Thursday, February 11, 2010

The Trygon at Last

As Requested I've take a photo shoot of my Trygon Model entry for the Warpstone Painting competition. The model took me approximately two hours to assemble, and then 8 hours of painting all done on the release date of this particular miniature (if you can call it miniature). The base is made of an assortment of slate stone fragments, sand, and moss. I was going to go for a water effect base, resembling something like a great serpent writing from a great body of water, however due to time restraints i had to leave out this part of the modeling process. Just for a note, this model was purchased built and painted all in the course of one day, 24 hours.

The Paint Scheme i used for this model was developed over much debate on how exactly i'd like my Trygon to look, after debating on a few colour schemes i chose one that most closely represented the intended effect. Using a colour pallet of soft muted (other than the red) cool colours i would draw out that alien oceanic feel. I love using turquoise, purples and blues in a great deal of my painting, i like how the colours blend and compliment eachother. The red talons were added later after deciding the model needed some contrasting warm colours to really bring out the deadly nature of the beast. In nature this is often exhibited on deadly flora and fauna, so i wanted to embrace the evolutionary qualities in the tyranids with colours that say danger. What better way to do this than with bright red!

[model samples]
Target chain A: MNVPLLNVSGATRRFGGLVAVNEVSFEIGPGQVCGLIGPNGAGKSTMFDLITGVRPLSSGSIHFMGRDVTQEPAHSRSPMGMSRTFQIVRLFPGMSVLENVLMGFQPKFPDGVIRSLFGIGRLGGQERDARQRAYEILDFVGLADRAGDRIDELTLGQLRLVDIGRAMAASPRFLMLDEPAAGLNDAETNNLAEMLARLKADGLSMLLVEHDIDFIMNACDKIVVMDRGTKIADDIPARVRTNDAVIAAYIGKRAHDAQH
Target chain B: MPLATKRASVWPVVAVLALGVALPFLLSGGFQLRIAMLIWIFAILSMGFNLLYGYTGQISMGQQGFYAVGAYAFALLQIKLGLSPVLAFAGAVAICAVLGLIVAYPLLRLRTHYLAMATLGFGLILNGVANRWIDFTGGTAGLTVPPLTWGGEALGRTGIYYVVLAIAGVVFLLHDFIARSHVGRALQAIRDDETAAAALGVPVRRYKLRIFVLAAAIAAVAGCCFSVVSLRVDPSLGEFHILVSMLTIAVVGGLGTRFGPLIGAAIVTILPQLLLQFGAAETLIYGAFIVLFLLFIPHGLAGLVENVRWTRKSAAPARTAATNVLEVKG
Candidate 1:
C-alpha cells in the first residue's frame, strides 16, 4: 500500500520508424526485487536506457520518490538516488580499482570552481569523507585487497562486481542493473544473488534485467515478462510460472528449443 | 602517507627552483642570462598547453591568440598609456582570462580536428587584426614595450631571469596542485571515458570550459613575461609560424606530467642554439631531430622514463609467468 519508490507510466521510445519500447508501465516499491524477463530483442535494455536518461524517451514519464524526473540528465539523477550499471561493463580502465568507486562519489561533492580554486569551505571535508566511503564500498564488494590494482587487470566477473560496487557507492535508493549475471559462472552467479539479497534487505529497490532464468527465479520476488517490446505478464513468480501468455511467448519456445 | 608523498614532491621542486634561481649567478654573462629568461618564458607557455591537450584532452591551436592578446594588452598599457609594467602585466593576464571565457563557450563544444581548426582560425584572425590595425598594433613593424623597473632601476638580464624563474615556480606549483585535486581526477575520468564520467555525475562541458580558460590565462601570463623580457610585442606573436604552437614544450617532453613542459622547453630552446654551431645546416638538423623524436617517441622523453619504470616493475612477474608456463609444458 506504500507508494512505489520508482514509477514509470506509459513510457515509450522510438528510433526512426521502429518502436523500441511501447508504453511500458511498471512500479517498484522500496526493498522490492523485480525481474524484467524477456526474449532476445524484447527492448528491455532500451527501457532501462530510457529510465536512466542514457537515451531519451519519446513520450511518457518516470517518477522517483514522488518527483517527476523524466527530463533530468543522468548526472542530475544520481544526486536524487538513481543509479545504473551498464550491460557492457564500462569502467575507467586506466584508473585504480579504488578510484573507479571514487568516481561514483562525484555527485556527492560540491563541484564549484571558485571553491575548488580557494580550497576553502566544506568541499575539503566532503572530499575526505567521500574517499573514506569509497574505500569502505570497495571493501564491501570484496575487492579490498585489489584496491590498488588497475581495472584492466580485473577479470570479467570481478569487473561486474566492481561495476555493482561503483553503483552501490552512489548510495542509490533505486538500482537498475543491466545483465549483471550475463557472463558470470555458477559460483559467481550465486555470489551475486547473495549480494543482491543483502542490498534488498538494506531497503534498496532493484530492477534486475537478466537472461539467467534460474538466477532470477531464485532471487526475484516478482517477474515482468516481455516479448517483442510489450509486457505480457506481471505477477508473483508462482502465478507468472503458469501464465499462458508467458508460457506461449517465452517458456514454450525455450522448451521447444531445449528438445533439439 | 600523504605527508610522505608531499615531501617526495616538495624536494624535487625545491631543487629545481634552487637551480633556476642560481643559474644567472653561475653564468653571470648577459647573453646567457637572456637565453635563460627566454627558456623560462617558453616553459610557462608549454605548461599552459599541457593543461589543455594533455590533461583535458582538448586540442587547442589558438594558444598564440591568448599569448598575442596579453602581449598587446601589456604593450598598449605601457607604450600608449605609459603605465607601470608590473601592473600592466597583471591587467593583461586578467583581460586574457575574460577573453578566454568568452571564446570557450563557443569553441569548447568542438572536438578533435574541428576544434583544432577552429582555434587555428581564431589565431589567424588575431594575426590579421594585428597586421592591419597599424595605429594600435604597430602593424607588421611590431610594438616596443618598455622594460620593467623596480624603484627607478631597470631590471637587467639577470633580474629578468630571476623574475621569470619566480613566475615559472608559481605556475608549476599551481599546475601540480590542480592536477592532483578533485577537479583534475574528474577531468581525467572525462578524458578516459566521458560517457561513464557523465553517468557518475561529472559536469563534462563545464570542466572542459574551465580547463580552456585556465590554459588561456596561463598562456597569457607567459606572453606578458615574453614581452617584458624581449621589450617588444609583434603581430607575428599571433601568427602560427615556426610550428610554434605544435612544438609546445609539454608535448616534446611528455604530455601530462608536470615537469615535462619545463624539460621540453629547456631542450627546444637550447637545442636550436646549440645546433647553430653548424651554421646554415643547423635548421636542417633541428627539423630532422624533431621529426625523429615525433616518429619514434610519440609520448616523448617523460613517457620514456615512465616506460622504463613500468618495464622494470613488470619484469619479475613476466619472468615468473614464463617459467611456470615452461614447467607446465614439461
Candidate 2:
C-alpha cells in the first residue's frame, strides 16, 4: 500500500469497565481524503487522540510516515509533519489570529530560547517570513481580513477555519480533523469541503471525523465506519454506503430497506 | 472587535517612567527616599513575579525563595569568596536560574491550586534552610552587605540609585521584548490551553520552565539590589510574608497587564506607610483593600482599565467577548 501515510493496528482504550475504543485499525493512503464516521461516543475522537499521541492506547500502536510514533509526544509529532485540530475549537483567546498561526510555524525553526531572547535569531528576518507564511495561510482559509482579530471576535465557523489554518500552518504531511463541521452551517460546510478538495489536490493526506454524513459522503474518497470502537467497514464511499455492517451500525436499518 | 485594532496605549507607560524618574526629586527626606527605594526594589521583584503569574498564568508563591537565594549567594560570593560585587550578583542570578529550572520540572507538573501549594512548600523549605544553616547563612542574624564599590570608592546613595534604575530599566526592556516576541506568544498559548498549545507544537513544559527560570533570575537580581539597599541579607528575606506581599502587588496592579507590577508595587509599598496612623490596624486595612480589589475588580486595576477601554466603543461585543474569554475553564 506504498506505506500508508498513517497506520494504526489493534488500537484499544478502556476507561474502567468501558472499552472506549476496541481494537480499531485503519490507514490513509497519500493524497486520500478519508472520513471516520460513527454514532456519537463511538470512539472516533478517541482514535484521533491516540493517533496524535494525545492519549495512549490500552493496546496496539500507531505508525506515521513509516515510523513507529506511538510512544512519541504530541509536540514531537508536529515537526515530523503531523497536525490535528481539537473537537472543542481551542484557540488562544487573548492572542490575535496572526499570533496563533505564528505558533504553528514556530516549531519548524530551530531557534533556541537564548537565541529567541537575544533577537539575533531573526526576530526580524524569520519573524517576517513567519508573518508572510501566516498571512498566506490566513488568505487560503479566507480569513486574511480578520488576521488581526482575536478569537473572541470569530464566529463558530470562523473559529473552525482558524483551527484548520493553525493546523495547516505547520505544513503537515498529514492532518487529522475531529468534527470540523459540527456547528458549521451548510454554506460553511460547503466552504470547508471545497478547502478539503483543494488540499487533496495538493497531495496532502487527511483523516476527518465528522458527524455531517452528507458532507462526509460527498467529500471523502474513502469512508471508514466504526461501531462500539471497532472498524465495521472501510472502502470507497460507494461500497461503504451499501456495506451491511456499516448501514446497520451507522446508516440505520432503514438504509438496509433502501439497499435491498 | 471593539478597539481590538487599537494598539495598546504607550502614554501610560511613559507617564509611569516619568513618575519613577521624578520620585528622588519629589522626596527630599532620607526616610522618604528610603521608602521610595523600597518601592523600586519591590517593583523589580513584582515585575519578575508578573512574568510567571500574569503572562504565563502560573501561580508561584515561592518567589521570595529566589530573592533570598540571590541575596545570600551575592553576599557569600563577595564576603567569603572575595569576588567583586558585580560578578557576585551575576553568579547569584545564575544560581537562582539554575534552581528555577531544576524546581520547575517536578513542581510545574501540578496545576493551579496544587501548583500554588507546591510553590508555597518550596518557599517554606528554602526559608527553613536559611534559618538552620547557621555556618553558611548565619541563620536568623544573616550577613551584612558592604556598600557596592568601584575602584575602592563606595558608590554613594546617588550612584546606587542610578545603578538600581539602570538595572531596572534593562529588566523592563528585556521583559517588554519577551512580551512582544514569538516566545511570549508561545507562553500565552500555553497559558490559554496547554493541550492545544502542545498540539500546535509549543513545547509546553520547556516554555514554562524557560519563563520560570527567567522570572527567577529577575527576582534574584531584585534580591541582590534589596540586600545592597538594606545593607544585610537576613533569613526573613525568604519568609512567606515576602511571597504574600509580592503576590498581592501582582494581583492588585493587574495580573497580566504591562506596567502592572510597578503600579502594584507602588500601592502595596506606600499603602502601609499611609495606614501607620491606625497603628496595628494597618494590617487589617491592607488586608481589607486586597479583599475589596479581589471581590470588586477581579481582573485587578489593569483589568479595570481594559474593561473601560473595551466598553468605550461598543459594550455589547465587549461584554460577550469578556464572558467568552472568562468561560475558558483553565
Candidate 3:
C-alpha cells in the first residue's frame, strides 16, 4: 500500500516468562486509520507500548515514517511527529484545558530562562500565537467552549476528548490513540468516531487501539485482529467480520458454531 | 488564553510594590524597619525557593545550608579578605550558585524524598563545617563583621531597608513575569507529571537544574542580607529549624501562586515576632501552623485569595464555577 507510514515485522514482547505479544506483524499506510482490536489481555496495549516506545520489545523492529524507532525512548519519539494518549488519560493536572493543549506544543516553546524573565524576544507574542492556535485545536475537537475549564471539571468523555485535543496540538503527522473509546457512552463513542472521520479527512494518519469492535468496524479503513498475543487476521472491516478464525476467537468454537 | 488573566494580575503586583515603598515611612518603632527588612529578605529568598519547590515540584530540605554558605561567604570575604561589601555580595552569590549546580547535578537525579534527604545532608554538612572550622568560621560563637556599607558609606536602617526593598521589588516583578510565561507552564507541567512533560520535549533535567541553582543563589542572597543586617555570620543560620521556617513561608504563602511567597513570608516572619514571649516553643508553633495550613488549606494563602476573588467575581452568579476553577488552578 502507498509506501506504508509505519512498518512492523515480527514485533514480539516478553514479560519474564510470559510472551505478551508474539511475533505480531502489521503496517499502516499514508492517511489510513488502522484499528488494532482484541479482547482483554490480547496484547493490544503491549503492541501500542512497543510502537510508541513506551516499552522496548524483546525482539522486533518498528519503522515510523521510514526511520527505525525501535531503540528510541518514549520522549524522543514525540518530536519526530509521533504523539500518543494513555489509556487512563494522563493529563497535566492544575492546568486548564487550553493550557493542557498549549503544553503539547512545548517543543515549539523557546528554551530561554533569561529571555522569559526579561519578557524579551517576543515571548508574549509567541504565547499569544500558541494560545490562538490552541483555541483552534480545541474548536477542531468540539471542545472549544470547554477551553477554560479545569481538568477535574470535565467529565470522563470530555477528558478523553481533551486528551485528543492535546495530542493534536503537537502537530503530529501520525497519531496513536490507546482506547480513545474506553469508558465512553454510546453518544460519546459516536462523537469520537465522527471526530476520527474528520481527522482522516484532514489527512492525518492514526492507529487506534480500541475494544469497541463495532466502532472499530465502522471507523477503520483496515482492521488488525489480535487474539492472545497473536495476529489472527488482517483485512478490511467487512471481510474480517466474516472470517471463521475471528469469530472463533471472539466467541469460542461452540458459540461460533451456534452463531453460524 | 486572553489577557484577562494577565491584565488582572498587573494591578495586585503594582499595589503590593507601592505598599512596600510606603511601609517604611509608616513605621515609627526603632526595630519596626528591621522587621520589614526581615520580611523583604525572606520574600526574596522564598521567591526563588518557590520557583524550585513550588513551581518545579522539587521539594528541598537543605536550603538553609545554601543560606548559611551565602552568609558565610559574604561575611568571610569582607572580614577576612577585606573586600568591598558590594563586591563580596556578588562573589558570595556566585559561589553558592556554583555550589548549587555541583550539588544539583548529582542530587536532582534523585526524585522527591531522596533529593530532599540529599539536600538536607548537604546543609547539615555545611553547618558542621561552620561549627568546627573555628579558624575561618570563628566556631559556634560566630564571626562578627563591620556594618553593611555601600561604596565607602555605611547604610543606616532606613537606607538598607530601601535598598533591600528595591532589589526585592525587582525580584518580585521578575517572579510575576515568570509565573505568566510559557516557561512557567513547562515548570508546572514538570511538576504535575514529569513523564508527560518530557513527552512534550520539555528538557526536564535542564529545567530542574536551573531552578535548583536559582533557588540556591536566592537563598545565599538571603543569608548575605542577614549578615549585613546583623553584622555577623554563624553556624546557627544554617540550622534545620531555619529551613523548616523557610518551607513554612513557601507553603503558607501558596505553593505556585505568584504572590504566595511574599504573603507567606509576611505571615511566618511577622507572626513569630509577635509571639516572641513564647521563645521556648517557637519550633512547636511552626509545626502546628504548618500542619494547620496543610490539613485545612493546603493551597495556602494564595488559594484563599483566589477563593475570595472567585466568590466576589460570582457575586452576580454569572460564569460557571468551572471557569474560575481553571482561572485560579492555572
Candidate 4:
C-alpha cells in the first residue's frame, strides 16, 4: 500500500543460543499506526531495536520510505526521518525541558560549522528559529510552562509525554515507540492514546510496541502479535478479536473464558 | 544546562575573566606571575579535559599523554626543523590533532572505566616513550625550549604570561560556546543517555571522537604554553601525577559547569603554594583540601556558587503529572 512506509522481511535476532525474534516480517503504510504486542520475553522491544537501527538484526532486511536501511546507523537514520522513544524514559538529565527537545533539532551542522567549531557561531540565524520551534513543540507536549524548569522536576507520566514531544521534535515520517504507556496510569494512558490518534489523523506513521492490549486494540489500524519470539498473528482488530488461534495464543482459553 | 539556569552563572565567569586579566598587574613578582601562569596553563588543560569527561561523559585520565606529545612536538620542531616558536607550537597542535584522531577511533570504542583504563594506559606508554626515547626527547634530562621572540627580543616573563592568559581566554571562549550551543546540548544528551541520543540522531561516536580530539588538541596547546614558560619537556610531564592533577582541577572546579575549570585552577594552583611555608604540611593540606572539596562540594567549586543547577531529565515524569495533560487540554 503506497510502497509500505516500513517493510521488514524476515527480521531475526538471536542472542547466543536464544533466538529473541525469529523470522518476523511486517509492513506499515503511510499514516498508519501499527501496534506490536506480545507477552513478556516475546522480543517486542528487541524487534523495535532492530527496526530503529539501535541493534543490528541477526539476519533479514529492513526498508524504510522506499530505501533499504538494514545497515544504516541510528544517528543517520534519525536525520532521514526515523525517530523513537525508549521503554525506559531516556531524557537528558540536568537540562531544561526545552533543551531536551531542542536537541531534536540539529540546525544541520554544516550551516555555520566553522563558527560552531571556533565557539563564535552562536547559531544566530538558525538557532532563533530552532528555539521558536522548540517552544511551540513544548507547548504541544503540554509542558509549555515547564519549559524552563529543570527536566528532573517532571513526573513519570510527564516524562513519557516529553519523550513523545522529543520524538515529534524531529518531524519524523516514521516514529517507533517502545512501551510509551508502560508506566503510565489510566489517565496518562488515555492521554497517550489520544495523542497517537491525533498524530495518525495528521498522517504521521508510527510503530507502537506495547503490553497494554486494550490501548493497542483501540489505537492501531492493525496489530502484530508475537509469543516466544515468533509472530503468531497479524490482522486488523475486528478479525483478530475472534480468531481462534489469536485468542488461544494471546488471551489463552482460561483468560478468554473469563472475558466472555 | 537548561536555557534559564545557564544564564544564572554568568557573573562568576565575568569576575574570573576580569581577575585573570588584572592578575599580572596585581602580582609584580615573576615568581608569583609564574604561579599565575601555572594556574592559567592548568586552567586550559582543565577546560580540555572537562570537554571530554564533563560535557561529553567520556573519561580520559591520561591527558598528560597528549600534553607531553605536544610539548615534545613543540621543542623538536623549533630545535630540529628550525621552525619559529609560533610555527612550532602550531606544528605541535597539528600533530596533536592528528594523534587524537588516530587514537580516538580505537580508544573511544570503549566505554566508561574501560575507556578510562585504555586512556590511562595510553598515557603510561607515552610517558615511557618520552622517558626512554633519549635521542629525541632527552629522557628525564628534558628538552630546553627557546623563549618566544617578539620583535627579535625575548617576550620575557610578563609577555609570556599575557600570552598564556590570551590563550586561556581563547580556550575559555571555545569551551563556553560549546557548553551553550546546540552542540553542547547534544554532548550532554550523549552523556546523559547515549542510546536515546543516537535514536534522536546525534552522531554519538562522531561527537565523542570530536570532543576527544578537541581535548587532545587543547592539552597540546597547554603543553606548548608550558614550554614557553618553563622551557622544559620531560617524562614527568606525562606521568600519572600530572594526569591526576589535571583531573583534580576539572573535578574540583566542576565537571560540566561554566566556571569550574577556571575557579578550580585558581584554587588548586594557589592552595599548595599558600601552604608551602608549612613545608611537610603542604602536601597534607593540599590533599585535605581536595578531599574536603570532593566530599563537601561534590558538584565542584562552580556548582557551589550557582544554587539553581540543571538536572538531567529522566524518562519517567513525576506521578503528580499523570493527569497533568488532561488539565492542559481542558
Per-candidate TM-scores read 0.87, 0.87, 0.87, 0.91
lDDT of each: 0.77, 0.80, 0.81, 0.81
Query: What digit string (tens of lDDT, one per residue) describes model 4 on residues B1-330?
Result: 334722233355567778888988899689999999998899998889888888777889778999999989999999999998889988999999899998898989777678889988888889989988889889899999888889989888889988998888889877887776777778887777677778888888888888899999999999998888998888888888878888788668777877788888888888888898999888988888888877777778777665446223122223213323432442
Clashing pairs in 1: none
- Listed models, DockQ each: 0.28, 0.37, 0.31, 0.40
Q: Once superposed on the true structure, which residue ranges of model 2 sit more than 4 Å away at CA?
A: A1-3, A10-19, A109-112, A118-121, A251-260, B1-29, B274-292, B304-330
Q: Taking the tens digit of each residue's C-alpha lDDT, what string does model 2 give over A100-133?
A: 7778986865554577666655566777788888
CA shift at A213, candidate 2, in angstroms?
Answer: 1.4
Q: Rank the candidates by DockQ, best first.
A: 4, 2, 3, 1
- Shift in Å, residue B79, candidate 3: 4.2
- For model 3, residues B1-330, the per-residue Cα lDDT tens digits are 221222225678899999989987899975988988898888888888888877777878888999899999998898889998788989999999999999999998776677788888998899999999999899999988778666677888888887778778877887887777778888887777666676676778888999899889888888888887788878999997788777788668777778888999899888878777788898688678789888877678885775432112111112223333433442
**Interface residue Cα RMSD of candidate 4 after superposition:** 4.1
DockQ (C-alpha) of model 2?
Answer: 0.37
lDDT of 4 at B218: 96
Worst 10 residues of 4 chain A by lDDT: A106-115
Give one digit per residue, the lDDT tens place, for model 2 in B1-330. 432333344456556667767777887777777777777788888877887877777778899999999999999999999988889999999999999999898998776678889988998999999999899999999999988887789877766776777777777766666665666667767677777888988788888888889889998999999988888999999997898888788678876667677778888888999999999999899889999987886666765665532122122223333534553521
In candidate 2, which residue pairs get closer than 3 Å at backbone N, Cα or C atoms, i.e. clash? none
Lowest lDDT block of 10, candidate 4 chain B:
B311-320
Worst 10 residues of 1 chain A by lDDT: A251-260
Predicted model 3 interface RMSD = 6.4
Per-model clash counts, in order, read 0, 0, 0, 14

The methods used for painting this model include a various number of blending techniques, selective washes and line work. The mucus hanging from the Trygon's mouth is a melted down plastic flying stand, with a light green wash applied.

A note on the tail, the tail was melted slightly in a pot of boiling water to get it to coil around the rock as shown in the above photos. This was done very carefully so not to melt or break any of the spines on the model. To assure this, the bending process was done in several short increments. After the bending was complete the flat underside of the trygon body was re-sculpted using epoxy putty to simulate the beasts muscles propelling itself up the rock.

All in all this was a fun model and a very interesting project considering the time restraints, the model came in a close second place in the final warpstone painting competition judging.

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